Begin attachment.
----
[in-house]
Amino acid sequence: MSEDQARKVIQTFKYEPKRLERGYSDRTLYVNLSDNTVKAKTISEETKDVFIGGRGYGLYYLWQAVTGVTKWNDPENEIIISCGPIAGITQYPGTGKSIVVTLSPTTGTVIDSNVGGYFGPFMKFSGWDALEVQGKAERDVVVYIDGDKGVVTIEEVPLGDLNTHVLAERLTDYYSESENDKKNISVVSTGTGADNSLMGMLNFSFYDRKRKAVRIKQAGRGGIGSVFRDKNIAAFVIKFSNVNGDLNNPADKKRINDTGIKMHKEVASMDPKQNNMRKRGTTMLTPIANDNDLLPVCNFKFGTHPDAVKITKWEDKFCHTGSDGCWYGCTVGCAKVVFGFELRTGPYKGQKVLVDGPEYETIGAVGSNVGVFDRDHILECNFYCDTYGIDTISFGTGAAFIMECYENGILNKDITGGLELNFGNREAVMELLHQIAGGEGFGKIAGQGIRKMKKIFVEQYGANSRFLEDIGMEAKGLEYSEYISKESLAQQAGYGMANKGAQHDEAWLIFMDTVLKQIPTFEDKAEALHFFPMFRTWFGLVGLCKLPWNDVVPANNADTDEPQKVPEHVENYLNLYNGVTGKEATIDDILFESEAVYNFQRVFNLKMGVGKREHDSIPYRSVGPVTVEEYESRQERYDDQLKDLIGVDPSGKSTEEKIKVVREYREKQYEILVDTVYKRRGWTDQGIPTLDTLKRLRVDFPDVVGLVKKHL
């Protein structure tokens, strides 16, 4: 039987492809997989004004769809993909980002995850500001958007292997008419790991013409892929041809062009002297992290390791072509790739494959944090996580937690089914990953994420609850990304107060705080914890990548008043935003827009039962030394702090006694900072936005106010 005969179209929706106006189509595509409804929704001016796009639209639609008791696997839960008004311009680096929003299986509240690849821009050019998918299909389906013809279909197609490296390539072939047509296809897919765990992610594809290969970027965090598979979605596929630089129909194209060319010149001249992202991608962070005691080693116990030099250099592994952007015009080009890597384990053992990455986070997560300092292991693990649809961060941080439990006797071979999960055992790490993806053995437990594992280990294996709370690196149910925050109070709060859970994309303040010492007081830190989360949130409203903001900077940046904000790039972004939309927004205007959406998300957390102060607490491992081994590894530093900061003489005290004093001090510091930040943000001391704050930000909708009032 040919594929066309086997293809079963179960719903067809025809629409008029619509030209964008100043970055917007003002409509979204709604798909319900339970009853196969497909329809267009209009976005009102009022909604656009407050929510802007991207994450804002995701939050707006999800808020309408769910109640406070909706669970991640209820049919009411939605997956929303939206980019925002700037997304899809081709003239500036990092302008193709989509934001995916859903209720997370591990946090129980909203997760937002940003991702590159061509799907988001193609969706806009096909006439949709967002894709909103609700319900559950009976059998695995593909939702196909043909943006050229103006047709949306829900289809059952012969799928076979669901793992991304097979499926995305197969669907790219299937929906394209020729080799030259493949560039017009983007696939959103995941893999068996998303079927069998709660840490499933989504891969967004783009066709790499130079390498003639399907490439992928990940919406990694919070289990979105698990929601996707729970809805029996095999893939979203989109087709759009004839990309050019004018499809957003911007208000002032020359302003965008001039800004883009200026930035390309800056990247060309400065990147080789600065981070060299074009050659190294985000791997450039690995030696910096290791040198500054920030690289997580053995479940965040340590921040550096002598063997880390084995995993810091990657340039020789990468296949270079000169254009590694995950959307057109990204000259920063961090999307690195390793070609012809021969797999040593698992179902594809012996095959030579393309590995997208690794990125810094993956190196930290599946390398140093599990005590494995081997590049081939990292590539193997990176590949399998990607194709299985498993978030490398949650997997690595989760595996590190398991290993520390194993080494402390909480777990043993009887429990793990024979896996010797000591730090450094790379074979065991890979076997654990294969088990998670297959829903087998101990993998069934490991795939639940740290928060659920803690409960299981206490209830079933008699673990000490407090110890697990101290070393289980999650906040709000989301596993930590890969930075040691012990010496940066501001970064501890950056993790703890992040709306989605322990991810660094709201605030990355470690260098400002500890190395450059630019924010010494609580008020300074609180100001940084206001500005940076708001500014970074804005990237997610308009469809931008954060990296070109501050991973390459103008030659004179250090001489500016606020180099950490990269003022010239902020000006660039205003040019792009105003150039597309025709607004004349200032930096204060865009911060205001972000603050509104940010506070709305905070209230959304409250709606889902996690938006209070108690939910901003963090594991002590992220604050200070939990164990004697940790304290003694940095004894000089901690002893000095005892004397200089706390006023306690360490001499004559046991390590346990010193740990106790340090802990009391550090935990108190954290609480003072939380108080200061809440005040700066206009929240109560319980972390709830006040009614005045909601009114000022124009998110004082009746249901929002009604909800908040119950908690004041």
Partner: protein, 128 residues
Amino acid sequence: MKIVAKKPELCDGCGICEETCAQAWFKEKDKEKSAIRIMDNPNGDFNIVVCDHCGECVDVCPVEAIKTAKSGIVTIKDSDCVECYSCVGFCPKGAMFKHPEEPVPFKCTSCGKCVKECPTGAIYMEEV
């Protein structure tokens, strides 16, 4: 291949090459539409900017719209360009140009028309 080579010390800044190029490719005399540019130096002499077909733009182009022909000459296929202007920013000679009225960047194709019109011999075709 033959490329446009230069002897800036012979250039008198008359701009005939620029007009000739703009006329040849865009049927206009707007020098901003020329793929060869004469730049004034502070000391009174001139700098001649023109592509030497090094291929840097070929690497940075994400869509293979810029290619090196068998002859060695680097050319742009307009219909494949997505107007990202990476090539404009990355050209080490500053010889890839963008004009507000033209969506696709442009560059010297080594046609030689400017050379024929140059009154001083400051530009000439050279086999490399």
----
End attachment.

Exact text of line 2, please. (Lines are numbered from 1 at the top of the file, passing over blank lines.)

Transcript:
Amino acid sequence: MSEDQARKVIQTFKYEPKRLERGYSDRTLYVNLSDNTVKAKTISEETKDVFIGGRGYGLYYLWQAVTGVTKWNDPENEIIISCGPIAGITQYPGTGKSIVVTLSPTTGTVIDSNVGGYFGPFMKFSGWDALEVQGKAERDVVVYIDGDKGVVTIEEVPLGDLNTHVLAERLTDYYSESENDKKNISVVSTGTGADNSLMGMLNFSFYDRKRKAVRIKQAGRGGIGSVFRDKNIAAFVIKFSNVNGDLNNPADKKRINDTGIKMHKEVASMDPKQNNMRKRGTTMLTPIANDNDLLPVCNFKFGTHPDAVKITKWEDKFCHTGSDGCWYGCTVGCAKVVFGFELRTGPYKGQKVLVDGPEYETIGAVGSNVGVFDRDHILECNFYCDTYGIDTISFGTGAAFIMECYENGILNKDITGGLELNFGNREAVMELLHQIAGGEGFGKIAGQGIRKMKKIFVEQYGANSRFLEDIGMEAKGLEYSEYISKESLAQQAGYGMANKGAQHDEAWLIFMDTVLKQIPTFEDKAEALHFFPMFRTWFGLVGLCKLPWNDVVPANNADTDEPQKVPEHVENYLNLYNGVTGKEATIDDILFESEAVYNFQRVFNLKMGVGKREHDSIPYRSVGPVTVEEYESRQERYDDQLKDLIGVDPSGKSTEEKIKVVREYREKQYEILVDTVYKRRGWTDQGIPTLDTLKRLRVDFPDVVGLVKKHL